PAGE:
(f) warning signs and decals are clearly visible .
In July 2012 and December 2012, two other WorkSafe Inspectors respectively, conducted inspections of the Accused's Workplace and also provided one of the directors with the "The First Step: Managing Safety and Health Hazards in Your Workplace" document to the Accused.
In July 2014, another WorkSafe Inspector conducted an inspection of the Accused's Workplace, discussed isolation procedures and provided the same director with a copies of the following WorkSafe publications:
(a) Guidance Note: Isolation of Plant 2010, which informed the Accused of its obligations to:
(i) develop written isolation procedures that must be followed to ensure that plant and related hazards cannot jeopardise the safety of those working on the plant ;
(ii) strictly adhere to any isolation system ; and
(iii) appoint an ‘authorised person’ who knows and understands the complexities of the plant ; and
(b) Code of Practice: Safeguarding of Machinery and Plant 2009, which was a code of practice pursuant to s 57 of the Occupational Safety & Health Act 1984 (WA), and required the Accused to, amongst other things, ensure that emergency stop devices, such as pull wires, were prominent, clearly and durably marked and immediately accessible to each operator of machinery and plant.
Following each of these workplace investigations between September 2010 and July 2014, the Accused was issued with multiple improvement notices, requiring it to take certain measures to minimise the risks of various hazards, including:
(a) on 24 September 2010, a WorkSafe Inspector issued an improvement notice (ref: 21201306) for a contravention of reg. 4.37(1)(f) arising from failure to have adequate guarding of dangerous moving parts on a baler used for baling vehicle radiators such that there was a risk of serious injury such as the crushing of body parts; and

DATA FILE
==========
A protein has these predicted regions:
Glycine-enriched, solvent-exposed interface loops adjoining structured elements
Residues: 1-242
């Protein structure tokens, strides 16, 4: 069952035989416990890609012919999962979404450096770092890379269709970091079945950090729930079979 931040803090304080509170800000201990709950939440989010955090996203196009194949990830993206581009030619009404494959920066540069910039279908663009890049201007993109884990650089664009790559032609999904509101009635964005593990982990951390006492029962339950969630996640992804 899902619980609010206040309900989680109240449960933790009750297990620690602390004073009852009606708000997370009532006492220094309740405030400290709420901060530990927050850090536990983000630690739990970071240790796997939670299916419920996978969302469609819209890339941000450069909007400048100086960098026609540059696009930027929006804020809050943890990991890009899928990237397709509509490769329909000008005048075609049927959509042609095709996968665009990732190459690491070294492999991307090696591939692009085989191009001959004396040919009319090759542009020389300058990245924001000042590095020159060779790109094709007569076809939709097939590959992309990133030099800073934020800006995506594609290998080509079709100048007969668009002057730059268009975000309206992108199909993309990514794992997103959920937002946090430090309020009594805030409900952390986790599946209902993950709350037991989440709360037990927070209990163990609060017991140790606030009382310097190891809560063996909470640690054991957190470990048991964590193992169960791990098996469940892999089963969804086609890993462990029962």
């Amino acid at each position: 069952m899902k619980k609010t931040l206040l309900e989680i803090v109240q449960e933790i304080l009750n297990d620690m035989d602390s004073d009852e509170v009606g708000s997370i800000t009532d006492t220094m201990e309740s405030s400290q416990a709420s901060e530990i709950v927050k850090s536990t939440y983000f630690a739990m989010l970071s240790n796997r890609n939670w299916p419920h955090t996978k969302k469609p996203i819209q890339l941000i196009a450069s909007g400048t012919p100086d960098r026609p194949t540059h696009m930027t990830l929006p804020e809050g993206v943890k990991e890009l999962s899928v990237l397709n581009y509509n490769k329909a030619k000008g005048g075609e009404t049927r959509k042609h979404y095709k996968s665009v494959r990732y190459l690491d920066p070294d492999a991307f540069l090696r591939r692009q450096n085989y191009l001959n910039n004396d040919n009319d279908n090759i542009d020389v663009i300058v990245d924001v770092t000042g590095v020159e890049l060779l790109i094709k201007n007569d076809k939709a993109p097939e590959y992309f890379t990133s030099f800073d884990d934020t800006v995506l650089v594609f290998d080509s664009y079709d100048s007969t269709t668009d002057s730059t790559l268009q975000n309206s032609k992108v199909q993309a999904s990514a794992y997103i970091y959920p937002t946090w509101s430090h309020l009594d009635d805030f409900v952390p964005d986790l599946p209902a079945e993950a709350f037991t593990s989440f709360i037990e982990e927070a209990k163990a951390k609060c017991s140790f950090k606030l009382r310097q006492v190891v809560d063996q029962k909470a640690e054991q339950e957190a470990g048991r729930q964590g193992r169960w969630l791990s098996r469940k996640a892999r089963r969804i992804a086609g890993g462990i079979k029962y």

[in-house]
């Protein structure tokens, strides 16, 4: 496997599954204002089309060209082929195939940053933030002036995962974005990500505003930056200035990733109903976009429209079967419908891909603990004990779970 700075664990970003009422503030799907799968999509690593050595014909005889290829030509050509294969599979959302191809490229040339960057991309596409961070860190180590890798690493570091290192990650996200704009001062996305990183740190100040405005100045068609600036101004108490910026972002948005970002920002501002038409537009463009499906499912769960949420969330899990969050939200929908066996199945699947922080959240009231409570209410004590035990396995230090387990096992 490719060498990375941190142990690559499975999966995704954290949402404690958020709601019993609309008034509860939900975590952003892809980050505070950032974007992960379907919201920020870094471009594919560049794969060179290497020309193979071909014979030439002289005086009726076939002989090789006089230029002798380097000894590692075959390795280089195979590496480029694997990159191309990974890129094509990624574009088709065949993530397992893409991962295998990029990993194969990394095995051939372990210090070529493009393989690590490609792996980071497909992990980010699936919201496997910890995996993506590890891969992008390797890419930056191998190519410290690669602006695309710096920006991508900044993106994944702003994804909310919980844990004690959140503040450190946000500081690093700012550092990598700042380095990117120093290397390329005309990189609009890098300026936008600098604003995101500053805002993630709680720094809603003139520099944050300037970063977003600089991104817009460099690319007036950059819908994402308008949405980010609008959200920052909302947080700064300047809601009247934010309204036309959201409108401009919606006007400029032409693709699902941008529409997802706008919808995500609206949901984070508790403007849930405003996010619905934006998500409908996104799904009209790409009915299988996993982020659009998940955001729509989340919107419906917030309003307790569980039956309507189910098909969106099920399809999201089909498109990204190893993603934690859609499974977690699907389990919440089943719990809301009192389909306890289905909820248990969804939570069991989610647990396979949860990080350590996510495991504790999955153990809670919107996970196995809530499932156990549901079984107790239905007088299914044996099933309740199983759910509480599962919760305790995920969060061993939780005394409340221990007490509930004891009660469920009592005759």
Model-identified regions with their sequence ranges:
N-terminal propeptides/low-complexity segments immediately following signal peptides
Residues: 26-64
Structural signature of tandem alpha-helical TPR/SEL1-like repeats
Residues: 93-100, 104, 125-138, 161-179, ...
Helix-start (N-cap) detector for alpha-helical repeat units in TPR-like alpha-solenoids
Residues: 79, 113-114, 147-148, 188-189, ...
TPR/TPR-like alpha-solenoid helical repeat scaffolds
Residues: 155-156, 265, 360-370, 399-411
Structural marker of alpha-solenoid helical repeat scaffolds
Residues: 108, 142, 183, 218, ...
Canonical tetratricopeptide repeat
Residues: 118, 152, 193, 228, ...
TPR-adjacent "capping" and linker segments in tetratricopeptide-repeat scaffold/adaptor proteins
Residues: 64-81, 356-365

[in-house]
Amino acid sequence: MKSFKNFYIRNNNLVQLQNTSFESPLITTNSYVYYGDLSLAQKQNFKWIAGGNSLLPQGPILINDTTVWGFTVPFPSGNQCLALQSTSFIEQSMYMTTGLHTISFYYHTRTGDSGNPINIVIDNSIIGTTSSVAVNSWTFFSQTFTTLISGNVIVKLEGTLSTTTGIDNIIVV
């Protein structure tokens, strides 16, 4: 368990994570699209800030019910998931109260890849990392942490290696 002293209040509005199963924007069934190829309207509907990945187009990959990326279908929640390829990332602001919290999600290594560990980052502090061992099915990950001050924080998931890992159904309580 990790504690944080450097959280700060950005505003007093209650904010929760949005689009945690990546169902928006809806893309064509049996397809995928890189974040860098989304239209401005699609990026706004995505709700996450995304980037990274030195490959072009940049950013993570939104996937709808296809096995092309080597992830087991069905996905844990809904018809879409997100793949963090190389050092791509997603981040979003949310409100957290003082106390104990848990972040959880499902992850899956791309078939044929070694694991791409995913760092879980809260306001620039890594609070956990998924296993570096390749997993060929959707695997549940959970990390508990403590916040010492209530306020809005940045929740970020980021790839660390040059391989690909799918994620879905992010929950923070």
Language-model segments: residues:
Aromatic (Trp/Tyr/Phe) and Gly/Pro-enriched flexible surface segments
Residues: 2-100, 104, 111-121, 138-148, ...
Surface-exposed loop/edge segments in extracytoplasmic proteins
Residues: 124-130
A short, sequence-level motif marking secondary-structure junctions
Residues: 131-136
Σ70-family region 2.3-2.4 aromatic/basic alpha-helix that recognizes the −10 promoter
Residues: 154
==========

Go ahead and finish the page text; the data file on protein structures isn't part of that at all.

(b) on 6 December 2012, a WorkSafe Inspector issued an improvement notice (ref: 64900247) for a contravention of reg. 4.37(1)(f) arising from a failure to ensure that the Hafco Metal HPM063 Press was securely fenced or guarded in accordance with regulation 4.29 such that there was a risk of serious injury including amputations/crush injuries.
Each of these notices were specifically addressed to the director of the Accused.
Training & instruction
The supervisor commenced working for the Accused in around May 2015. In July 2017, the supervisor had day to day responsibility for the shredder mill operations and supervised the work involved with the shredder mill area, including the work performed by the assistant supervisor, the plant operator, picking shed labourer 1 and the victim.
The Supervisor received a verbal explanation of certain hazards associated with the Sancon conveyor belts when he started using these machines. These hazards included the machine's pinch points and grab points.
The supervisor had not received formal training from the Accused in relation to isolation and tag out procedures but had some prior knowledge from his earlier work in the oil and gas industry.
The supervisor applied maintenance procedures from the Bonfiglioli shredder's technical manual to the Sancon conveyor. This technical manual for the Bonfiglioli shredder was written in Italian. The supervisor would provide new staff with informal training based on his knowledge of the machines.
The supervisor works primarily from the control room. From this room, he can stop the shredder feed if one of the machines down the line becomes jammed. The supervisor could not see Sancon 1 from his position in the control room.
The supervisor was aware that the Sancon conveyor belts could become jammed. He informed the victim that, in the event of a jam of Sancon 1, the victim should notify him of the jam so that he could switch off the shredder and other machines to stop the flow of material to Sancon 1.
The supervisor was not present at the Workplace at the time of the incident on 5 July 2017.
In July 2017, the assistant supervisor assisted the supervisor with operating the shredder mill. His duties included operating the shredder, forklift, excavator, and conveyor belts. If the assistant supervisor noticed machinery had jammed, he would inform the supervisor.
At the time of the incident on 5 July 2017, the assistant supervisor was in the shredder mill control room. He was not able to see Sancon 1 from his position in the control room. He first heard about the accident over his two-way radio when someone transmitted that the victim was trapped in Sancon 1.
The plant operator commenced working for the Accused in around August 2016. The plant operator received induction training from the Weighbridge & Safety Officer and the supervisor around this time.